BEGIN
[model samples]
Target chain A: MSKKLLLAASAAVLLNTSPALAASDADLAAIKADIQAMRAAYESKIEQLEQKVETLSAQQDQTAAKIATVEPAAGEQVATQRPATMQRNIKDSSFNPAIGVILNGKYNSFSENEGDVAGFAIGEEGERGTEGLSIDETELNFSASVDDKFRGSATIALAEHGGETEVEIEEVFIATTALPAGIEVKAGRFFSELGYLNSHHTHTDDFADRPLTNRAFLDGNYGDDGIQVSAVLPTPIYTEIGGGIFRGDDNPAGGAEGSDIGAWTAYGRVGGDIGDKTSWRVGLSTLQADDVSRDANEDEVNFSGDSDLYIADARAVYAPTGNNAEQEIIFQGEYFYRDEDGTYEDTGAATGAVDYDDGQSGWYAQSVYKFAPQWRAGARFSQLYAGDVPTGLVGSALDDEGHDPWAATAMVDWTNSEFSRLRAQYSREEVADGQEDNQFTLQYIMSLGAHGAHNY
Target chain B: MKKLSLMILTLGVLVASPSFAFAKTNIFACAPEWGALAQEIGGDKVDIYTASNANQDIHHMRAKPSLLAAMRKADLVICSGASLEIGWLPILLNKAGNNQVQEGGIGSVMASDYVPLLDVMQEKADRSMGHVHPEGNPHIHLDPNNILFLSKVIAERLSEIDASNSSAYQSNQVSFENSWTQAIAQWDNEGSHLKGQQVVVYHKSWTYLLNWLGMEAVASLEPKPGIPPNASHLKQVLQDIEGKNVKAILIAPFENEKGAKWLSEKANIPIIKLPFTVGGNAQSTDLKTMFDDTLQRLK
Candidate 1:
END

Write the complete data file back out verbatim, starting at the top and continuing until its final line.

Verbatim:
[model samples]
Target chain A: MSKKLLLAASAAVLLNTSPALAASDADLAAIKADIQAMRAAYESKIEQLEQKVETLSAQQDQTAAKIATVEPAAGEQVATQRPATMQRNIKDSSFNPAIGVILNGKYNSFSENEGDVAGFAIGEEGERGTEGLSIDETELNFSASVDDKFRGSATIALAEHGGETEVEIEEVFIATTALPAGIEVKAGRFFSELGYLNSHHTHTDDFADRPLTNRAFLDGNYGDDGIQVSAVLPTPIYTEIGGGIFRGDDNPAGGAEGSDIGAWTAYGRVGGDIGDKTSWRVGLSTLQADDVSRDANEDEVNFSGDSDLYIADARAVYAPTGNNAEQEIIFQGEYFYRDEDGTYEDTGAATGAVDYDDGQSGWYAQSVYKFAPQWRAGARFSQLYAGDVPTGLVGSALDDEGHDPWAATAMVDWTNSEFSRLRAQYSREEVADGQEDNQFTLQYIMSLGAHGAHNY
Target chain B: MKKLSLMILTLGVLVASPSFAFAKTNIFACAPEWGALAQEIGGDKVDIYTASNANQDIHHMRAKPSLLAAMRKADLVICSGASLEIGWLPILLNKAGNNQVQEGGIGSVMASDYVPLLDVMQEKADRSMGHVHPEGNPHIHLDPNNILFLSKVIAERLSEIDASNSSAYQSNQVSFENSWTQAIAQWDNEGSHLKGQQVVVYHKSWTYLLNWLGMEAVASLEPKPGIPPNASHLKQVLQDIEGKNVKAILIAPFENEKGAKWLSEKANIPIIKLPFTVGGNAQSTDLKTMFDDTLQRLK
Candidate 1: